Triumph for Black Stars over Racism; BOOK REVIEWS
Williamson, Richard, Sunday Mercury (Birmingham, England)
ARTHUR Wharton could not have known what he was starting when he arrived in Staffordshire in 1882 to train as a missionary teacher.
The Ghanaian kept his hand in as a goal-keeper by turning out for the local soccer club and went on to become Britain's first black professional when he signed for Rotherham.
These days it would be unthinkable for top clubs or the England team to turn out without several black players. But they have had a long, hard, struggle to establish themselves in the teeth of a storm of racist abuse and prejudice.
Even as I began reading Phil Vasili's Colouring Over the White Line (Mainstream pounds 15.99) the papers were full of stories about Emile Heskey being spat on and racially abused while playing for England under-21s against Yugoslavia.
It seems that some things never change. Remember 1984 when John Barnes stunned the Brazilians with a wonder goal in the Maracana stadium? You would think he had made all of England proud but on the plane home a gang of British Nazis abused John and told him his goal didn't count.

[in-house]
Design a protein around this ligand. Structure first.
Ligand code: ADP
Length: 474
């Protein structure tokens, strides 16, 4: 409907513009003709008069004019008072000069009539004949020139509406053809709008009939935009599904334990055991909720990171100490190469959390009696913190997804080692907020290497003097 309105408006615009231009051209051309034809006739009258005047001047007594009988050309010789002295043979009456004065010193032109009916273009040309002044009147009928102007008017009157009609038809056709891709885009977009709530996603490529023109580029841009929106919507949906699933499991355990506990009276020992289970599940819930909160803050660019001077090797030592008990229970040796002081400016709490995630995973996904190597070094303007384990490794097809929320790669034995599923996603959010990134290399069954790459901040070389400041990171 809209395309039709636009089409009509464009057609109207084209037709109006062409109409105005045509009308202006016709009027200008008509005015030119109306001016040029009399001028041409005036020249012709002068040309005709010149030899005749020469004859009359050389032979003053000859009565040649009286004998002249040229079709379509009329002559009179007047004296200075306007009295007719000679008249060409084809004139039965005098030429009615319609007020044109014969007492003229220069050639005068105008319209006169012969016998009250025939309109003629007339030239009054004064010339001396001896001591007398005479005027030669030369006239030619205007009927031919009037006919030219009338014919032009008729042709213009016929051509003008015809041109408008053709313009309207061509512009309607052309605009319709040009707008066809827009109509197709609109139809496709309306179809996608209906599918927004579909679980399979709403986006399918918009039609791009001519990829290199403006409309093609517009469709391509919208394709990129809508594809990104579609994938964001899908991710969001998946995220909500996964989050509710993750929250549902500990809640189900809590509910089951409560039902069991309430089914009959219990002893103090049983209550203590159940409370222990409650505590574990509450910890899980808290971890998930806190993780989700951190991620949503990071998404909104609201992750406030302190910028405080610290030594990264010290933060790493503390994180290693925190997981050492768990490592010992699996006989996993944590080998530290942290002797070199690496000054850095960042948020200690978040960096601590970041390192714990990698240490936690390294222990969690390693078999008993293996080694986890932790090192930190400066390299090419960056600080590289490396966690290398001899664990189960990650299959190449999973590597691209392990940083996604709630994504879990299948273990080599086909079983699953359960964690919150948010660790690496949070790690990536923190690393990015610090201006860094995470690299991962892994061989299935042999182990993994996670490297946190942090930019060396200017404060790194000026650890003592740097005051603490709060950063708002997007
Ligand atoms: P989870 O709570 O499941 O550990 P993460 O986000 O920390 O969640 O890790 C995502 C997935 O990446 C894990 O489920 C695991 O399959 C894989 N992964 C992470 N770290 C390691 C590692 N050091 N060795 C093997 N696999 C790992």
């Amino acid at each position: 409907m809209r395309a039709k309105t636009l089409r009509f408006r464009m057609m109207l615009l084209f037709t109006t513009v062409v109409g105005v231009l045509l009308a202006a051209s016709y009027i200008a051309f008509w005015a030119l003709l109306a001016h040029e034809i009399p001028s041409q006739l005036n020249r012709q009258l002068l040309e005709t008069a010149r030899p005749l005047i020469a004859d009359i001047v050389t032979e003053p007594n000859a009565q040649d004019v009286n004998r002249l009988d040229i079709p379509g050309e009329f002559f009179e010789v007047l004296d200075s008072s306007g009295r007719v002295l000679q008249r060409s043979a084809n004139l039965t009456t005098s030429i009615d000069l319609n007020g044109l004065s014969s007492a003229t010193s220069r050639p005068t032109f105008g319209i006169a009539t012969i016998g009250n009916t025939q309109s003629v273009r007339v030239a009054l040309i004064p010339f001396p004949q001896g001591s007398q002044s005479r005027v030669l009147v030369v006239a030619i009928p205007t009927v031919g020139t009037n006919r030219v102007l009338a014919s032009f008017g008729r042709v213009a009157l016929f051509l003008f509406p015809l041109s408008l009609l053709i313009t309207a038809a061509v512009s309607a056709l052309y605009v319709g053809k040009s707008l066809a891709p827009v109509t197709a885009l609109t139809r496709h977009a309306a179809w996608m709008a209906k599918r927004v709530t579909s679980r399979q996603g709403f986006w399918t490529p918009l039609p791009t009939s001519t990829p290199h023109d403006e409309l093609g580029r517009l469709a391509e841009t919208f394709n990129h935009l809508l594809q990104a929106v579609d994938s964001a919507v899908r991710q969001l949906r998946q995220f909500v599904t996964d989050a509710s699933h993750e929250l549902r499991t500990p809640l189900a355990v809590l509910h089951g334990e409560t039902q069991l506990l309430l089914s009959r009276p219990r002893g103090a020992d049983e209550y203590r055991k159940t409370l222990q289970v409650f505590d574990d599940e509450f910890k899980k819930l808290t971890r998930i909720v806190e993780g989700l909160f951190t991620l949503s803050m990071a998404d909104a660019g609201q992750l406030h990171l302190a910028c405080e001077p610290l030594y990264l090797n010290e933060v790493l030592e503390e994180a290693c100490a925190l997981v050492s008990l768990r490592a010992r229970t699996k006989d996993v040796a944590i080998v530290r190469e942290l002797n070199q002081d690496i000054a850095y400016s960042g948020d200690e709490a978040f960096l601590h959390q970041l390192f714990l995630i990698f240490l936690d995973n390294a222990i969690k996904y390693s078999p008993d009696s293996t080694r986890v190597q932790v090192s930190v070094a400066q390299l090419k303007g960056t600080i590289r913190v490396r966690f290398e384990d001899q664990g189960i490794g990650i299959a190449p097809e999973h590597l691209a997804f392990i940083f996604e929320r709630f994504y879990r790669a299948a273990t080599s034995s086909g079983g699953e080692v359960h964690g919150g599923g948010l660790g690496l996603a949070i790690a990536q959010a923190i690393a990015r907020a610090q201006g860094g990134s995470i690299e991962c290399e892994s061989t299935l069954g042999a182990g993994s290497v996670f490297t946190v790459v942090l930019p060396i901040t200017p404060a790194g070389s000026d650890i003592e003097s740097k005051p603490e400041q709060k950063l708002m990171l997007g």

Vasili has an important story to tell but it's not just the famous who are celebrated here. The book's real value is in rescuing and remembering the many forgotten pioneers and the players who toiled away for scant reward and more than a little abuse.
People like Stephen Mokone, who joined Coventry City in 1956, Gil Heron of Kidderminster Harriers and Villa players of the '50s Stanley Horne and Kevin Keelan.
Who now remembers Hong Y 'Frank' Soo, son of an English mother and Chinese father who played for Stoke alongside Stanley Matthews and represented England in wartime internationals?
They are not all saints by any means and Phil Vasili presents an honest warts-and-all account of their misadventures as well as their achievements.
It's also a story of icons and role models, players like Clyde Best, who inspired a generation of young black players. …